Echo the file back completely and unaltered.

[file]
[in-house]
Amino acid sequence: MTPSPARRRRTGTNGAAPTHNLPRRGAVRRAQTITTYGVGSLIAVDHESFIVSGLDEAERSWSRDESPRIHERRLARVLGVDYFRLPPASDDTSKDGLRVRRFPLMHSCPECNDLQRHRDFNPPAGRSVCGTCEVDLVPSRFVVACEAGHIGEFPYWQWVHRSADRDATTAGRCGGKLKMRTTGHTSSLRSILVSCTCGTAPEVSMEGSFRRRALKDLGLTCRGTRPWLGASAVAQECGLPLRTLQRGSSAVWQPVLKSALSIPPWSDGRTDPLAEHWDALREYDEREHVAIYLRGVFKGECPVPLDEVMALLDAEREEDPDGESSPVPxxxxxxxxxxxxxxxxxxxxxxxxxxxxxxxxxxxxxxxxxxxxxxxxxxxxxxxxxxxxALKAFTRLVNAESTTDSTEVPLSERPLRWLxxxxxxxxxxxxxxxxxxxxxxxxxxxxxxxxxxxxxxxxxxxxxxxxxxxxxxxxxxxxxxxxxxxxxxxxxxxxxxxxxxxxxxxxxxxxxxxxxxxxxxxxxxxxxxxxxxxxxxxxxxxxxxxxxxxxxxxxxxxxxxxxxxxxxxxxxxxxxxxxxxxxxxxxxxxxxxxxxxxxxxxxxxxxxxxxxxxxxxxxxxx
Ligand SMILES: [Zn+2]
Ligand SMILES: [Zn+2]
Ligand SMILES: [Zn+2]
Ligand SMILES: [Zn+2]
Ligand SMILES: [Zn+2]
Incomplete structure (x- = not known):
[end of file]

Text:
[in-house]
Amino acid sequence: MTPSPARRRRTGTNGAAPTHNLPRRGAVRRAQTITTYGVGSLIAVDHESFIVSGLDEAERSWSRDESPRIHERRLARVLGVDYFRLPPASDDTSKDGLRVRRFPLMHSCPECNDLQRHRDFNPPAGRSVCGTCEVDLVPSRFVVACEAGHIGEFPYWQWVHRSADRDATTAGRCGGKLKMRTTGHTSSLRSILVSCTCGTAPEVSMEGSFRRRALKDLGLTCRGTRPWLGASAVAQECGLPLRTLQRGSSAVWQPVLKSALSIPPWSDGRTDPLAEHWDALREYDEREHVAIYLRGVFKGECPVPLDEVMALLDAEREEDPDGESSPVPxxxxxxxxxxxxxxxxxxxxxxxxxxxxxxxxxxxxxxxxxxxxxxxxxxxxxxxxxxxxALKAFTRLVNAESTTDSTEVPLSERPLRWLxxxxxxxxxxxxxxxxxxxxxxxxxxxxxxxxxxxxxxxxxxxxxxxxxxxxxxxxxxxxxxxxxxxxxxxxxxxxxxxxxxxxxxxxxxxxxxxxxxxxxxxxxxxxxxxxxxxxxxxxxxxxxxxxxxxxxxxxxxxxxxxxxxxxxxxxxxxxxxxxxxxxxxxxxxxxxxxxxxxxxxxxxxxxxxxxxxxxxxxxxxx
Ligand SMILES: [Zn+2]
Ligand SMILES: [Zn+2]
Ligand SMILES: [Zn+2]
Ligand SMILES: [Zn+2]
Ligand SMILES: [Zn+2]
Incomplete structure (x- = not known):